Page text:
considered a playful elaboration since its re-birth in 1843, but in 15c. it was good English, from Medieval Latin splendorifer, from splendor (see splendor) + ferre "to bear, carry," from PIE root *bher- (1) "to carry," also "to bear children." Compare 15c. splendidious, also splendacious (1843). Bartlett (1859) offers this, allegedly from "An itinerant gospeller ... holding forth to a Kentuckian audience on the kingdom of heaven":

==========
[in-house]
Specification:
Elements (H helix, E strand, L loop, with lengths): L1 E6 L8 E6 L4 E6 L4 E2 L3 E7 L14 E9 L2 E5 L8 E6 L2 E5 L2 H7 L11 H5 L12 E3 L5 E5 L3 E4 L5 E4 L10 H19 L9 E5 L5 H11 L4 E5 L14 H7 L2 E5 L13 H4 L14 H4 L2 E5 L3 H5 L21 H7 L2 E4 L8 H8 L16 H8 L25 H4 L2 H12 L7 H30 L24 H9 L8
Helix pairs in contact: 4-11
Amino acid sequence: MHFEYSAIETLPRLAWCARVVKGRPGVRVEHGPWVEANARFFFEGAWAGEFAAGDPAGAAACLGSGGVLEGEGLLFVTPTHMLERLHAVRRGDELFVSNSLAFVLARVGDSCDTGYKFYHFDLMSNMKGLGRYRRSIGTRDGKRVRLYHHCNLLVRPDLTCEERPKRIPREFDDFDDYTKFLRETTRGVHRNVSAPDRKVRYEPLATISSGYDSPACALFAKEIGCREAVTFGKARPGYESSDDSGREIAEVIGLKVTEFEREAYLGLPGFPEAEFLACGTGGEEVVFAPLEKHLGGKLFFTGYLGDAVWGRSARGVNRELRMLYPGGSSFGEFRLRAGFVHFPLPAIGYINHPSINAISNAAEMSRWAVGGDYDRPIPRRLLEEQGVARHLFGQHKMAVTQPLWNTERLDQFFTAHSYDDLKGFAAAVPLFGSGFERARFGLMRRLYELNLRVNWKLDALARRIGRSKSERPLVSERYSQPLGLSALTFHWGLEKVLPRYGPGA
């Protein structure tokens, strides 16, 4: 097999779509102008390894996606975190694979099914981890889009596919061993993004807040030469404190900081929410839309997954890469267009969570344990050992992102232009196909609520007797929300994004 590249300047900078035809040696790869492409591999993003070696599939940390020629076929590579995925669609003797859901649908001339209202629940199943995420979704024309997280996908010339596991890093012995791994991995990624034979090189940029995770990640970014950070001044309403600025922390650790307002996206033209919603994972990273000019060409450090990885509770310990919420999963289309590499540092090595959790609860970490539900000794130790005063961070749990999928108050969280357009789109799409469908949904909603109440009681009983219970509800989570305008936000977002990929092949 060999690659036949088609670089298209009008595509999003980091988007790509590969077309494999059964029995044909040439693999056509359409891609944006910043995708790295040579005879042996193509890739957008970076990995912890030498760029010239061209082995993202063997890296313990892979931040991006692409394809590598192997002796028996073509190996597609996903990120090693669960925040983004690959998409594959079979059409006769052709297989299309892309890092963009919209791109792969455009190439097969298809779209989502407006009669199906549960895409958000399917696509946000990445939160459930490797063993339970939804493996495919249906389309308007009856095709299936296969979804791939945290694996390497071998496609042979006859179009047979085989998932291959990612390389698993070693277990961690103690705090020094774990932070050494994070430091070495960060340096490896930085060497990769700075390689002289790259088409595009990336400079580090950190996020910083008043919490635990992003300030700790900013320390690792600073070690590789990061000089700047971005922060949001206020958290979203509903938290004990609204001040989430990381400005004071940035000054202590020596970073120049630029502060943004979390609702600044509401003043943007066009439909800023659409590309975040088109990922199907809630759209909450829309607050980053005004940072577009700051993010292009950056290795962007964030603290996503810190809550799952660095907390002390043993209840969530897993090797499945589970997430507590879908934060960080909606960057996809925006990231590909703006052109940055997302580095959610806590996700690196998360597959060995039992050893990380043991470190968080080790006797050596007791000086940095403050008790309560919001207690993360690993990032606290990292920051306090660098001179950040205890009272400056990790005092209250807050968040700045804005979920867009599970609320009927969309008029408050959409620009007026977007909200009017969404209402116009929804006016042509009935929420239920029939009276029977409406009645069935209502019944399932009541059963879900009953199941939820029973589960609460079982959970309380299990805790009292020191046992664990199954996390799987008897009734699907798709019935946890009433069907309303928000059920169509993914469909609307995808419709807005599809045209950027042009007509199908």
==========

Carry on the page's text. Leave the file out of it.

"Heaven, my beloved hearers," said he, "is a glorious, a beautiful, a splendiferous, an angeliferous place. Eye hath not seen, ear hath not heard, it has not entered into the imagination of any Cracker in these here diggings what carryings on the just made perfect have up thar."